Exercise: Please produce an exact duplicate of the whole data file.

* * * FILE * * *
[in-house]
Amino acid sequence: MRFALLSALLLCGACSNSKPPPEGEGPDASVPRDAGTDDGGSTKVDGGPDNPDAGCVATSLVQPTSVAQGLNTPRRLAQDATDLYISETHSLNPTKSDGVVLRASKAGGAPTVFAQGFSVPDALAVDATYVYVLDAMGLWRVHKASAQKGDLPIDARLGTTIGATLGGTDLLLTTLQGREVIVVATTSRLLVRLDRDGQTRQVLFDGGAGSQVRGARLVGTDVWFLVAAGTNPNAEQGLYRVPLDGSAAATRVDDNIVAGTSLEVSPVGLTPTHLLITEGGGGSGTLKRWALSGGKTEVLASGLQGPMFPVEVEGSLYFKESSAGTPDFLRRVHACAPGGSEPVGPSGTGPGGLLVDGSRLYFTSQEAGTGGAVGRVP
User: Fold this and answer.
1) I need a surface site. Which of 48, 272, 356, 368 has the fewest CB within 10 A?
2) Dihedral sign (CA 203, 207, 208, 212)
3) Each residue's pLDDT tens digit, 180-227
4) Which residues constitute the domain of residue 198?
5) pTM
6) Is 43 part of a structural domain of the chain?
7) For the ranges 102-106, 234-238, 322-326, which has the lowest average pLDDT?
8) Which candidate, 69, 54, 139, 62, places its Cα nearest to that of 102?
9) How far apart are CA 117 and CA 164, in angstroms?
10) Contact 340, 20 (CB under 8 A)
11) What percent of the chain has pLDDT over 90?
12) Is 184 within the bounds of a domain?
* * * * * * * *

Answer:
[in-house]
Amino acid sequence: MRFALLSALLLCGACSNSKPPPEGEGPDASVPRDAGTDDGGSTKVDGGPDNPDAGCVATSLVQPTSVAQGLNTPRRLAQDATDLYISETHSLNPTKSDGVVLRASKAGGAPTVFAQGFSVPDALAVDATYVYVLDAMGLWRVHKASAQKGDLPIDARLGTTIGATLGGTDLLLTTLQGREVIVVATTSRLLVRLDRDGQTRQVLFDGGAGSQVRGARLVGTDVWFLVAAGTNPNAEQGLYRVPLDGSAAATRVDDNIVAGTSLEVSPVGLTPTHLLITEGGGGSGTLKRWALSGGKTEVLASGLQGPMFPVEVEGSLYFKESSAGTPDFLRRVHACAPGGSEPVGPSGTGPGGLLVDGSRLYFTSQEAGTGGAVGRVP
User: Fold this and answer.
1) I need a surface site. Which of 48, 272, 356, 368 has the fewest CB within 10 A?
2) Dihedral sign (CA 203, 207, 208, 212)
3) Each residue's pLDDT tens digit, 180-227
4) Which residues constitute the domain of residue 198?
5) pTM
6) Is 43 part of a structural domain of the chain?
7) For the ranges 102-106, 234-238, 322-326, which has the lowest average pLDDT?
8) Which candidate, 69, 54, 139, 62, places its Cα nearest to that of 102?
9) How far apart are CA 117 and CA 164, in angstroms?
10) Contact 340, 20 (CB under 8 A)
11) What percent of the chain has pLDDT over 90?
12) Is 184 within the bounds of a domain?